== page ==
If your mind, body and soul feel stuck, consider a nutrition reboot.
When rebooting a frozen computer, sometimes the only option is to pull the plug and pray it resets the circuitry. The same can be said of a frozen state of mind. In the dead of winter, our sunny, feel-good Vitamin D stores might run low, leaving us feeling “meh.” Those suffering from Seasonal Affective Disorder (SAD), in particular, know that the winter blues are no myth.
Shaking free of the doldrums often requires a reboot of mind, body and soul. Get quiet, get honest and ask the tough question: “What’s holding you back?” This assessment provides a vantage point to review day-to-day habits that support you, and those that don’t. It becomes readily apparent how food choices lead you closer to or further away from optimal efficiency.
To guide you in your own personal reboot, we seek the wisdom of two locals who take this subject seriously enough to create careers around it. Imagine a one-step-cooler Martha Stewart and you have Salt Lake City’s Anne Dorsey, founder of Milk and Honey Wellness. Meal planner and lifestyle coach Jesse Rich is a super-athlete and trail runner who is a certified nutritionist at Forward Progressions. Both share insights and suggestions on how to reach your personal best in 2018.
Food & the Mind
Hunger isn’t the only reason we forage in the fridge. What we eat influences our emotions and motivations—whether we feel happy, invincible or just ready to hit the couch in a food-induced coma. “The connection we humans have with food is remarkable,” Jesse Rich says. “Food can be our best friend or our worst enemy.”
Rich notes that with many of his clients, it isn’t so much what they eat but how they eat. Do they eat alone or with others? Humans are social beings who take time to prepare and enjoy food. “When surrounded by the people we love, and nourishing our bodies with healthy food, all other states of happiness come into alignment,” Rich says. “Dedicate some time every week to prepare food with friends and family and see how your emotional and physical state changes.”
Anne Dorsey concurs. She’s dismayed that in just a few generations, humans have completely transformed what, when and how they eat. “Supermarket food contains chemicals, additives and sweeteners wrapped in pretty boxes with catchy packaging,” she says. “We eat this stuff, along with fried fast foods, in our cars, in front of our TVs or at our desks, giving little thought to where our food comes from and how our food choices impact our brains, our emotions and the world around us.”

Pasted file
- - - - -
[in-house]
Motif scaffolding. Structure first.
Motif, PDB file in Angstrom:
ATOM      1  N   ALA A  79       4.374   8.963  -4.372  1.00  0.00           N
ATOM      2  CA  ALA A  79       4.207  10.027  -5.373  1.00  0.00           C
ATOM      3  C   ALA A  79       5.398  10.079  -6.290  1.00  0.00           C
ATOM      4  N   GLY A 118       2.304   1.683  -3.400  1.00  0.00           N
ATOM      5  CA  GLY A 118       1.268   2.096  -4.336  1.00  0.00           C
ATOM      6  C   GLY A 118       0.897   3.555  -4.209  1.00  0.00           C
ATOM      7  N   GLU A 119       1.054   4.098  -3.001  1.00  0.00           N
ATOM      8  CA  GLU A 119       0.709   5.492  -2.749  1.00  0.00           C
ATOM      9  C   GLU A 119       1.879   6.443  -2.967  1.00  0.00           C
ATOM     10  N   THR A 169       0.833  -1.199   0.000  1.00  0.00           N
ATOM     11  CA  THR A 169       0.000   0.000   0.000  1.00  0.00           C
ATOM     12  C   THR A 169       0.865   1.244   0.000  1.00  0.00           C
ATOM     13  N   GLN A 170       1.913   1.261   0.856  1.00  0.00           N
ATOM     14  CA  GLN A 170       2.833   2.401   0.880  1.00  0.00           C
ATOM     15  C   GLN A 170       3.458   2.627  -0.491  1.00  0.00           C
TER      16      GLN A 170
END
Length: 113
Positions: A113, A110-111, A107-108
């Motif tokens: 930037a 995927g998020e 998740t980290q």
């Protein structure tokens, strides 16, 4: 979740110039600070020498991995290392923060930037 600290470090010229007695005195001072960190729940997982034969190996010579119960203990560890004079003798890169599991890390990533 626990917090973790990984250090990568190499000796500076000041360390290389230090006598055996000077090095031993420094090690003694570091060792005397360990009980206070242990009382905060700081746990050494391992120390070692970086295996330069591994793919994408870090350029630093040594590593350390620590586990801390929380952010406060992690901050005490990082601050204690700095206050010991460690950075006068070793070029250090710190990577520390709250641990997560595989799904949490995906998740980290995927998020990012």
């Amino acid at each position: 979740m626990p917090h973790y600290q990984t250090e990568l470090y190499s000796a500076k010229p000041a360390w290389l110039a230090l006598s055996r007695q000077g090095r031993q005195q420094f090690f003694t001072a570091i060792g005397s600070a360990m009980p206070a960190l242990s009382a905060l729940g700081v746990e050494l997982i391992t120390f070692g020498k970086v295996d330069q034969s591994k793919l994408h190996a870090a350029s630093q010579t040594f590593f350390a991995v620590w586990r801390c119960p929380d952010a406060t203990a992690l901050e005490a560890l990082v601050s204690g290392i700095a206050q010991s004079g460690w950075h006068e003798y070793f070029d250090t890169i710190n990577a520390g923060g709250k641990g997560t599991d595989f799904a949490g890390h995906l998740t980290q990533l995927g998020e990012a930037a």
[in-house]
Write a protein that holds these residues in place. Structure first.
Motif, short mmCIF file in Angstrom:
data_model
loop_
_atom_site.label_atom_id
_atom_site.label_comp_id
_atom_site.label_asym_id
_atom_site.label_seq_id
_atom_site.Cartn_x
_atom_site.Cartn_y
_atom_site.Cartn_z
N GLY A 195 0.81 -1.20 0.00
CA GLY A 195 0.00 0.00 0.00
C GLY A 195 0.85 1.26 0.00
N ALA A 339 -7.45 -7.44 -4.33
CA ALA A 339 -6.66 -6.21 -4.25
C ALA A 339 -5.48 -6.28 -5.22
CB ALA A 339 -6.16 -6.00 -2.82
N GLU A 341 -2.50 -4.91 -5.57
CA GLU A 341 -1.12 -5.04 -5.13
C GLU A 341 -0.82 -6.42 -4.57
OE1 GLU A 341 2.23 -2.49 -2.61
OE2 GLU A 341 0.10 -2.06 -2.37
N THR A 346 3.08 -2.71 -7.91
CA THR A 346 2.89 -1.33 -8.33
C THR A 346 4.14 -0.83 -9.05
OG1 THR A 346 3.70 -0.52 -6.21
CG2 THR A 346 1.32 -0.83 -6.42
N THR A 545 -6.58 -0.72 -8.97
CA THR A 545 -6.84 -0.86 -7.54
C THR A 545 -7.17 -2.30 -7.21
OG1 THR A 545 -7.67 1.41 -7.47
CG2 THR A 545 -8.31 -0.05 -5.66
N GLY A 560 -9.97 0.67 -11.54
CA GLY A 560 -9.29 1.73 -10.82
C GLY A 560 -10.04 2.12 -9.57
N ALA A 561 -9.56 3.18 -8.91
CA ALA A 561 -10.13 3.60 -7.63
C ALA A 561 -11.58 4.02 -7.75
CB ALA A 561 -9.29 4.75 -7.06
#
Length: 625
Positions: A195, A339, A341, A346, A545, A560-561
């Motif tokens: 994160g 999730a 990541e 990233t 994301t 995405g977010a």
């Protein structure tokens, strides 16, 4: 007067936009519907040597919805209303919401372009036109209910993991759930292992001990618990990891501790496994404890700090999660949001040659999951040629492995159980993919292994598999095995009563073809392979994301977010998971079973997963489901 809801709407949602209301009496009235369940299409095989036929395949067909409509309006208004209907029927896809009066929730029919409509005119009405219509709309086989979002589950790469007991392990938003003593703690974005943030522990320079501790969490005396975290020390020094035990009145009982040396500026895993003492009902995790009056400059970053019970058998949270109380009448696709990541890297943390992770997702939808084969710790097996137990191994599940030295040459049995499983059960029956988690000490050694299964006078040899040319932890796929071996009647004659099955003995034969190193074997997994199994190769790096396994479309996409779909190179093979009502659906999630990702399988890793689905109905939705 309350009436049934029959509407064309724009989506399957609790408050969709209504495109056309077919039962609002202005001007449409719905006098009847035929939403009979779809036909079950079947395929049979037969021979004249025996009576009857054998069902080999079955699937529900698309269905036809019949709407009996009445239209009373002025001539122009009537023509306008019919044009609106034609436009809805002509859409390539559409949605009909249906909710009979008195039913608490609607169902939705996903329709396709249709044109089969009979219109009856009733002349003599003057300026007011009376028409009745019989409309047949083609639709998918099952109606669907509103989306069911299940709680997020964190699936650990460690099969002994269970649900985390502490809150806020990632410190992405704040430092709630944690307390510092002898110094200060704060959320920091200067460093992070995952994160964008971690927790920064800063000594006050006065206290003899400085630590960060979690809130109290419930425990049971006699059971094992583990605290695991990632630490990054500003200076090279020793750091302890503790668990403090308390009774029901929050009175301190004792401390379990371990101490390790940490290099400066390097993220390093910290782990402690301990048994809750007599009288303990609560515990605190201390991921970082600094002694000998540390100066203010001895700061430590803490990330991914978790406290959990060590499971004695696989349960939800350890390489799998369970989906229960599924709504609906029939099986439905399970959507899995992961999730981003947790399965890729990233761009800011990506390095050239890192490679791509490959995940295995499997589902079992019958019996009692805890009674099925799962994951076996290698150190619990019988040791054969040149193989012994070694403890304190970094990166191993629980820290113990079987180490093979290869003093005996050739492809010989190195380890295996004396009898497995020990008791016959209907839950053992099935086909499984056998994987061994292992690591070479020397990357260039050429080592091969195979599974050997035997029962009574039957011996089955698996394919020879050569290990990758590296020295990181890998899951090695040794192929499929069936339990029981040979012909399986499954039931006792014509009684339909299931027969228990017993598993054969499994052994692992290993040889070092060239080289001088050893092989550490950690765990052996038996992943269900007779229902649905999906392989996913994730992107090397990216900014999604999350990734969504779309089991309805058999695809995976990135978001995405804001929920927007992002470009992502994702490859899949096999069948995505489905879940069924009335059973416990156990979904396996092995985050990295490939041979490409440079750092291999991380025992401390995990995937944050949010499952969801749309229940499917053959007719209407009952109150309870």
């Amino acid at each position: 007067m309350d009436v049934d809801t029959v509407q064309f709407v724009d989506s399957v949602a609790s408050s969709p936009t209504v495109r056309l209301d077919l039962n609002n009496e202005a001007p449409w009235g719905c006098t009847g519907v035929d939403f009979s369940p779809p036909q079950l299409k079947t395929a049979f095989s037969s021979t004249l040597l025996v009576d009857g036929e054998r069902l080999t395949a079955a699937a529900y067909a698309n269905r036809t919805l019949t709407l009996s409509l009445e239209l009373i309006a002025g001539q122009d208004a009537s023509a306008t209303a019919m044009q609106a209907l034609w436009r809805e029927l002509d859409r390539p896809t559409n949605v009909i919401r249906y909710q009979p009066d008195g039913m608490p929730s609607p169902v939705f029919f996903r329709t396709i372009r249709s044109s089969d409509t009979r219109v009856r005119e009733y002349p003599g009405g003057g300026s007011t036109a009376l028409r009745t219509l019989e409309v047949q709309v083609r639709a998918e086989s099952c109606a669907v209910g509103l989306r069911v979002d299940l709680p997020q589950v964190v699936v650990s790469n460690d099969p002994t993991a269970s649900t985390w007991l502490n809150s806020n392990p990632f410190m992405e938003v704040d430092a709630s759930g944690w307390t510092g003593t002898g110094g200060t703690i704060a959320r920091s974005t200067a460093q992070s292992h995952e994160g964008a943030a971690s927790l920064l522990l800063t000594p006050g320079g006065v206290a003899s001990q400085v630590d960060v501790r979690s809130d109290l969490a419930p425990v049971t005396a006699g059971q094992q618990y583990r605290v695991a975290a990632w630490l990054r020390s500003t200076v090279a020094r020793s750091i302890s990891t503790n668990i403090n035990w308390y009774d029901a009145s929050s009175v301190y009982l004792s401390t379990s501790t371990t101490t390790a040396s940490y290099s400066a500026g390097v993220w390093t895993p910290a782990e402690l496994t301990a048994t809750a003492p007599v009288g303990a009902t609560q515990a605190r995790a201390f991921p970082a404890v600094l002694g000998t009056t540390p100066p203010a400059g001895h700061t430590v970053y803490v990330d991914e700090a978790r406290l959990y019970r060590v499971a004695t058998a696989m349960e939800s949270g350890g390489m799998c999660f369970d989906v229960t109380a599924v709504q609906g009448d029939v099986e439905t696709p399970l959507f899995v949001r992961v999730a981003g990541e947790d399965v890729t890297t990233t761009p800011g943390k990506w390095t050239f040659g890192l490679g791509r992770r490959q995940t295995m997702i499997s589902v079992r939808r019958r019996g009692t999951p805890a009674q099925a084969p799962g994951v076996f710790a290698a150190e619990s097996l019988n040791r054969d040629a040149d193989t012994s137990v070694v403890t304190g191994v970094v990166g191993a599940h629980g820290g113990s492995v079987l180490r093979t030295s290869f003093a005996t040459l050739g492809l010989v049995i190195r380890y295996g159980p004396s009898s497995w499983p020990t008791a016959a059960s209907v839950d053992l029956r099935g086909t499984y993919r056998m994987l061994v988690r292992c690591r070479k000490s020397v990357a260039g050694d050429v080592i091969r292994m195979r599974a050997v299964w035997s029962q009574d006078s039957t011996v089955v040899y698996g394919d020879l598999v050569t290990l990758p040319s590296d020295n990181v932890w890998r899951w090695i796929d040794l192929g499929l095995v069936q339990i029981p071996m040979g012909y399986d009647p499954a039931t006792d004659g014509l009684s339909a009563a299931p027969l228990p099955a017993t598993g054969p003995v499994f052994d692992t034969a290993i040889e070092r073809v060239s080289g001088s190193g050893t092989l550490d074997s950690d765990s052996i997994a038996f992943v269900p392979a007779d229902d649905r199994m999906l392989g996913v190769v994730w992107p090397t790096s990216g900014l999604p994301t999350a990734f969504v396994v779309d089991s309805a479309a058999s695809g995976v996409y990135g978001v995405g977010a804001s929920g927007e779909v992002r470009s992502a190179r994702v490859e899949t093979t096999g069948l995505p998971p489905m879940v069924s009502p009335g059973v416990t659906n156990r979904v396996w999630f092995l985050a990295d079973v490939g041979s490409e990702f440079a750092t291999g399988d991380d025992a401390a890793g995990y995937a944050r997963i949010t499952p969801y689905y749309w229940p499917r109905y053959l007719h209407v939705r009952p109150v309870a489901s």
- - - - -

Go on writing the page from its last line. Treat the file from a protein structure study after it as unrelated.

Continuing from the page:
Food & the Body
In providing your body the fuel it needs to perform, it’s easy to overdo it. Reflect on how your body responds after eating certain foods. Do you feel stronger? Is your energy sustained or do you quickly crash and burn? “We eat with all of our senses,” Dorsey says, “but many of us never stop to really enjoy the look, smell, sound, texture or even taste of our food.” In fact, she says, few people really chew their food. Instead, they’ll spend time at the doctor’s office complaining of upset stomachs, constipation and a range of other digestive disorders.
The Milk and Honey Wellness approach to this problem is simple: Eat + high-quality food = a feeling of well-being. Dorsey stresses the importance of getting to know your body. Not only is it important to take a closer look at what you are eating, she says, but also why and how you are eating it.
Rich agrees. “We all want to feel good,” he says. “We want to be fully present for our friends and family. Many distractions can take us away from being our healthiest self, but feeling good in your body can be quite simple: Start with love.
“Remember all the remarkable things your body does for you every second of every day,” he says. “Think of your body as a machine that needs to be maintained and taken care of. Try listening to your body just a little bit more. Notice how you feel after eating certain foods. Your body will indicate to you what is good and what is bad by varying sensations.”
Be mindful of the cues of hunger and satiation, Rich says. Forgetting to listen to your body makes it easier to lose touch with what your body wants and needs.
Food & the Soul
If the idea of “soul” throws you, switch it out with the concept of one’s ability to radiate energy or frequency. Consider the difference between crunching on an organically grown apple versus a package of “taste the rainbow” Skittles. Both simulate our taste buds with something sweet and fruity. Both foods operate at a “frequency,” with the organic apple’s being higher than the candy’s.
Vibe high, and the magic around you will unfold. — Akilnathan Logeswaran
To boost your frequency, Dorsey stresses the importance of getting outside, even when daylight is limited and outdoor temps are frosty. “Getting outside isn’t just about breathing some fresh air—which in and of itself is a good thing. It’s about exposing yourself to some good old-fashioned sunshine,” she says.
The sun strengthens the immune system and helps build strong bones, Dorsey says. Sunlight also improves emotional well-being and helps overcome the winter blues. In fact, she says, one of the standard treatments for Seasonal Affective Disorder (SAD) is to sit in front of a light box, which emits the same wavelengths of radiation as the sun. “Do yourself a favor and give yourself a dose of the real thing,” Dorsey says.
For those who really want to feel better this winter, Rich asks this question: “Have you ever considered cooking an art?” If you are looking to improve your health, Rich says, “try cooking. Be spontaneous and don’t follow a recipe. Find foods in the market that you have never tried before. You will find a renewed creativity and discover more variety on your plate. Practice and invite some friends over for dinner. Receive their compliments with grace, and enjoy your new-found talent.”